- Copyright Page
- Relativized Rankings
- Fault Lines in Ethical Theory
- Actualism, Possibilism, and the Nature of Consequentialism
- Consequentialism, Blame, and Moral Responsibility
- Consequentialism and Reasons for Action
- What Should a Consequentialist Promote?
- Understanding the Demandingness Objection
- Consequentialism and Partiality
- Must I Benefit Myself?
- Supererogation and Consequentialism
- Consequentialism and Promises
- Consequentialism, Ignorance, and Uncertainty
- Consequentialism and Action Guidingness
- Consequentialism and Indeterminacy
- Value Comparability
- Consequentialism, the Separateness of Persons, and Aggregation
- The Alienation Objection to Consequentialism
- Global Consequentialism
- The Role(s) of Rules in Consequentialist Ethics
- Consequentialism, Virtue, and Character
- Population Ethics, the Mere Addition Paradox, and the Structure of Consequentialism
- Deontic Pluralism and the Right Amount of Good
- Conflicts and Cooperation in Act Consequentialism
- The Science of Effective Altruism
- Effective Altruism: A Consequentialist Case Study
- Consequentialism and Nonhuman Animals
- Public Policy, Consequentialism, the Environment, and Nonhuman Animals
- The Love–Hate Relationship between Feminism and Consequentialism
- Act Consequentialism and the No-Difference Challenge
Abstract and Keywords
I argue that a theory is consequentialist if and only if it is, in the important respects, sufficiently similar to classical utilitarianism. Unfortunately, though, philosophers can’t seem to agree on what the important respects are. So there is no one way that the term “consequentialism” is used, but only several different ways that it’s used by various sets of philosophers with different views about what’s most important about classical utilitarianism. But if, like many philosophers, we accept that what’s most important about classical utilitarianism is that it takes the deontic statuses of actions to be a function of how various possible outcomes rank, then we can, I show, reconcile consequentialism with deontology. And I explore whether this ability to be reconciled with other theories, such as deontology, undermines the importance of the consequentialism/nonconsequentialism distinction. I then end by summarizing each of this anthology’s four parts and the issues that are explored in their corresponding chapters.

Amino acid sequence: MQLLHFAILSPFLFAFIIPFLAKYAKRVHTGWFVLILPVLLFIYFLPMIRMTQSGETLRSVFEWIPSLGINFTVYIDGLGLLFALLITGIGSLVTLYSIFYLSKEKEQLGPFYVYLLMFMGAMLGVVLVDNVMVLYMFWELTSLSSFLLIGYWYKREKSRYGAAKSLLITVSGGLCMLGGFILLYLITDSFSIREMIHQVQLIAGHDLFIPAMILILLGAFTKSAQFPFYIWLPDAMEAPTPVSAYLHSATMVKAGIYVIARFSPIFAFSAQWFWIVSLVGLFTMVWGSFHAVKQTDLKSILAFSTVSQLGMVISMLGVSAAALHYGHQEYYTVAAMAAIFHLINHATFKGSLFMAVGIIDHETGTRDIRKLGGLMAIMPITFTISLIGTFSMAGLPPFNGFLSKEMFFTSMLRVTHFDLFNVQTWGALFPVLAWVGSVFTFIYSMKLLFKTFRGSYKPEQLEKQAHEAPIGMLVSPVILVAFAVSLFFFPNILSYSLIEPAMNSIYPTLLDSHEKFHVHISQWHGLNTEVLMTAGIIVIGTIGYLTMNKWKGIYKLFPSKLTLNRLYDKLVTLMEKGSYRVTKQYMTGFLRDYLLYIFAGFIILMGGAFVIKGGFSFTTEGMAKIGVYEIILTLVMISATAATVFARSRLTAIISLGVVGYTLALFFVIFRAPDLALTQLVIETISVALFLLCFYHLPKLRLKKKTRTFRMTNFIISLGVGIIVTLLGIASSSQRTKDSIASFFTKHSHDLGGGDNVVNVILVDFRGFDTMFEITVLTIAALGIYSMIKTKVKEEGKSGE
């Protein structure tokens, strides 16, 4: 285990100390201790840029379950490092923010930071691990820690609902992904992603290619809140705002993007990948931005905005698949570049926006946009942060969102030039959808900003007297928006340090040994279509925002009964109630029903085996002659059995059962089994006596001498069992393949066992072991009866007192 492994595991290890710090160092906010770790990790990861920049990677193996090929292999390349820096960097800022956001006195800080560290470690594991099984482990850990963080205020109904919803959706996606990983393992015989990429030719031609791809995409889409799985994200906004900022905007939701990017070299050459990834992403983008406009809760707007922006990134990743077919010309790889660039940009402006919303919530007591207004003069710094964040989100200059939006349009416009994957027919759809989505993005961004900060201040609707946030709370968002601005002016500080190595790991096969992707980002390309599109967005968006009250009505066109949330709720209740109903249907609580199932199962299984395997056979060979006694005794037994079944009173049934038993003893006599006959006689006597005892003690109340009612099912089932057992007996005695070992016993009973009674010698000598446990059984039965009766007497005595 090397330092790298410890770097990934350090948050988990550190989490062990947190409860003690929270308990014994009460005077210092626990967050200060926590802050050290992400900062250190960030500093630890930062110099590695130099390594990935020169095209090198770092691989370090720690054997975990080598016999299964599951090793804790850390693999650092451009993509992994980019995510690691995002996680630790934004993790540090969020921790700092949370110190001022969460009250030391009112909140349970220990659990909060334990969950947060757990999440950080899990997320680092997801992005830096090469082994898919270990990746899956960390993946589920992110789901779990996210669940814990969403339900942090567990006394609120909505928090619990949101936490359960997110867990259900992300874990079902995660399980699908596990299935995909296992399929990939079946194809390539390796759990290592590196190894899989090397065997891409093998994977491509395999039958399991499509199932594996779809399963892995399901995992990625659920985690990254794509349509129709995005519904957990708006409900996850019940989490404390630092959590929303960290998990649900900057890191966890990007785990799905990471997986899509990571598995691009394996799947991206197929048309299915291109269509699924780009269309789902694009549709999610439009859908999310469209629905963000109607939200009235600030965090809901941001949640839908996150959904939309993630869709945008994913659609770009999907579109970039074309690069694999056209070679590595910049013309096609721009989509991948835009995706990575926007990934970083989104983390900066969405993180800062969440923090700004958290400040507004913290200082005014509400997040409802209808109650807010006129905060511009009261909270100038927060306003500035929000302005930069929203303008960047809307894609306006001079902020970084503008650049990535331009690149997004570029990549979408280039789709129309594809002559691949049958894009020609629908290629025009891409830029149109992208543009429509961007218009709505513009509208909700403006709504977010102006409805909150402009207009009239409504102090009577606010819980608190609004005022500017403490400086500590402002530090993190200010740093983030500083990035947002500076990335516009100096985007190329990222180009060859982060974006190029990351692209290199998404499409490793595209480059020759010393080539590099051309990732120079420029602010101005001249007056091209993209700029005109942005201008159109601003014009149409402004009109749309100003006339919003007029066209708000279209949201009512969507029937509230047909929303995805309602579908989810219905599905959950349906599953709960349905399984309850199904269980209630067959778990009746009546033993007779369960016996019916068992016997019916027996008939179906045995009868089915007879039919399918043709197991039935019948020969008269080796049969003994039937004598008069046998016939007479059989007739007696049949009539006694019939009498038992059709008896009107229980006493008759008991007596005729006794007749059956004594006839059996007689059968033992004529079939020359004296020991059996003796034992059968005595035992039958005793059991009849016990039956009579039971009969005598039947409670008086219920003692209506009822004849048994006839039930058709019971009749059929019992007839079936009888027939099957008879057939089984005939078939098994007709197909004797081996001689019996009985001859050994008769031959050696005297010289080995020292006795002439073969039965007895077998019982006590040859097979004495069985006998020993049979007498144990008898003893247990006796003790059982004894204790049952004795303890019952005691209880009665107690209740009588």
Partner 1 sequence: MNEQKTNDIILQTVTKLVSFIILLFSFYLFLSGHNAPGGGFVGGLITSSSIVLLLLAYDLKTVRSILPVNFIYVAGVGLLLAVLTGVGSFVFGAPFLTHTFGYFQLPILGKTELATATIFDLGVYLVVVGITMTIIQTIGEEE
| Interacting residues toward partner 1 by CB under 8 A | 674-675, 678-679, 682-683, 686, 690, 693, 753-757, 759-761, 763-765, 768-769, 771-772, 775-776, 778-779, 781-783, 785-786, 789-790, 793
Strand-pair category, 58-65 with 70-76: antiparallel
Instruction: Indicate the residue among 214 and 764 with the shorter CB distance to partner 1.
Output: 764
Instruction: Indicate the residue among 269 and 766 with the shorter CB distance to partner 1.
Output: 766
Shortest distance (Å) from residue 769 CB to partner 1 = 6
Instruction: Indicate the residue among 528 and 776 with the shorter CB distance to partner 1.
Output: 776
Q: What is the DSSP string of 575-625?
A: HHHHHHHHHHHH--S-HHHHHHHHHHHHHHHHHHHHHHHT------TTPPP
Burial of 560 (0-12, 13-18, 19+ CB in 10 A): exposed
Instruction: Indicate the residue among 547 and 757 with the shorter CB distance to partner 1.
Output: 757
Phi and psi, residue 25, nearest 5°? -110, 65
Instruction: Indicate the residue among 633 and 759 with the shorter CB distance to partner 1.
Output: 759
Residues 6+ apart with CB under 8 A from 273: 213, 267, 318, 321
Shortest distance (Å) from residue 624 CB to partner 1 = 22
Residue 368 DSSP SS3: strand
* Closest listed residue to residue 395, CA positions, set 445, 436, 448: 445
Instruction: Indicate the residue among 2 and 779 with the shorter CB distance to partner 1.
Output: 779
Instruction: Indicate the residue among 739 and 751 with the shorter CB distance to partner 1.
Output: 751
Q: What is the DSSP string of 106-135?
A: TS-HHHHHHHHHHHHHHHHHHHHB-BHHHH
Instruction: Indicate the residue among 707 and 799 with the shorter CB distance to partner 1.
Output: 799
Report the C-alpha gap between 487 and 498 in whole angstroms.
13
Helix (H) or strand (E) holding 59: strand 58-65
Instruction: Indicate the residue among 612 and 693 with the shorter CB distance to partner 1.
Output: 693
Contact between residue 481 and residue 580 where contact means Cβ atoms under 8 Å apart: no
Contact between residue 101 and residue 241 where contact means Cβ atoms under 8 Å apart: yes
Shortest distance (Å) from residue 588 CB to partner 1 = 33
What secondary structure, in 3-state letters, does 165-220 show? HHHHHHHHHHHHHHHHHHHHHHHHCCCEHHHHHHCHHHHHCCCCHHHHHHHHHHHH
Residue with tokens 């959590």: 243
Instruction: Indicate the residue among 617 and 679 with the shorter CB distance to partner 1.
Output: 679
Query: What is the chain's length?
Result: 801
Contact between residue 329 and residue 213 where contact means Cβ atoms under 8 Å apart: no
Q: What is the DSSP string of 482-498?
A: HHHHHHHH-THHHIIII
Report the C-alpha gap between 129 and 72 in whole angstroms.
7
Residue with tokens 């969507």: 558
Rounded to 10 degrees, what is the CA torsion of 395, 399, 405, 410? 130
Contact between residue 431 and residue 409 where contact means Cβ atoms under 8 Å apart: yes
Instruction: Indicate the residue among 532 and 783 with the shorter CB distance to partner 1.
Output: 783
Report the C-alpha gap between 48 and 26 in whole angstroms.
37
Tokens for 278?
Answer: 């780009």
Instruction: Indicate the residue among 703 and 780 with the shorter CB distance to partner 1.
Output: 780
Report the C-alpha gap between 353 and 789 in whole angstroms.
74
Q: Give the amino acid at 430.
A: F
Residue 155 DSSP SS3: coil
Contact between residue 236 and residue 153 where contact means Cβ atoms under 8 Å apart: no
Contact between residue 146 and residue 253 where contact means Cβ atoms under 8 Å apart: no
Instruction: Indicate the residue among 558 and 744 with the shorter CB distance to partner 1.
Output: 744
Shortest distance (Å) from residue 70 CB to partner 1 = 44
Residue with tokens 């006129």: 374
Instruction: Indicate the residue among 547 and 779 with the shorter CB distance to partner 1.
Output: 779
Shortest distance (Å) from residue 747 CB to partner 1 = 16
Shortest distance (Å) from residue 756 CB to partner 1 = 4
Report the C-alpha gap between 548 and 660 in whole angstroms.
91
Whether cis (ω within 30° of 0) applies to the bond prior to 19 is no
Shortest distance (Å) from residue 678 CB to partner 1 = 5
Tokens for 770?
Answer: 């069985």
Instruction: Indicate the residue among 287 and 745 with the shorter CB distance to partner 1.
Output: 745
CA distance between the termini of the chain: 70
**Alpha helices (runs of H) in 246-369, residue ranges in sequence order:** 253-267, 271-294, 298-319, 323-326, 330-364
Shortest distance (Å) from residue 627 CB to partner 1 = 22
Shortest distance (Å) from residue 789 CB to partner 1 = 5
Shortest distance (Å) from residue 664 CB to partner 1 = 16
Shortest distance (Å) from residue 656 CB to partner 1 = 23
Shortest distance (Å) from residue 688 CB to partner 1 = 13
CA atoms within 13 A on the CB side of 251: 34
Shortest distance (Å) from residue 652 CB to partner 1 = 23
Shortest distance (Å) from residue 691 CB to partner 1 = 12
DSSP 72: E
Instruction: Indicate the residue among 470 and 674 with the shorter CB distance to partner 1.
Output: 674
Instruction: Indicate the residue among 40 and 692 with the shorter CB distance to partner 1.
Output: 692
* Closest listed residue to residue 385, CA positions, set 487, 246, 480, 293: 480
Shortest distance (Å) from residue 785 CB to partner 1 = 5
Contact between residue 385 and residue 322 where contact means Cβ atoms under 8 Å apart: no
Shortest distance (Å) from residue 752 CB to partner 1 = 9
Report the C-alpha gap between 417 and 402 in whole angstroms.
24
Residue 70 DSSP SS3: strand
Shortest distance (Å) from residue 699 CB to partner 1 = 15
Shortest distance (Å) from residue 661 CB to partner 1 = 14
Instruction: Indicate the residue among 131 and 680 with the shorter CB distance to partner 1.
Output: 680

Douglas W. Portmore is Professor of Philosophy at Arizona State University. His research focuses mainly on morality, rationality, and the interconnections between the two, but he has also written on blame, well-being, moral worth, posthumous harm, moral responsibility, and the nonidentity problem. He is the author of two books: Commonsense Consequentialism: Wherein Morality Meets Rationality (Oxford University Press, 2011) and Opting for the Best: Oughts and Options (Oxford University Press, 2019).
Access to the complete content on Oxford Handbooks Online requires a subscription or purchase. Public users are able to search the site and view the abstracts and keywords for each book and chapter without a subscription.
If you have purchased a print title that contains an access token, please see the token for information about how to register your code.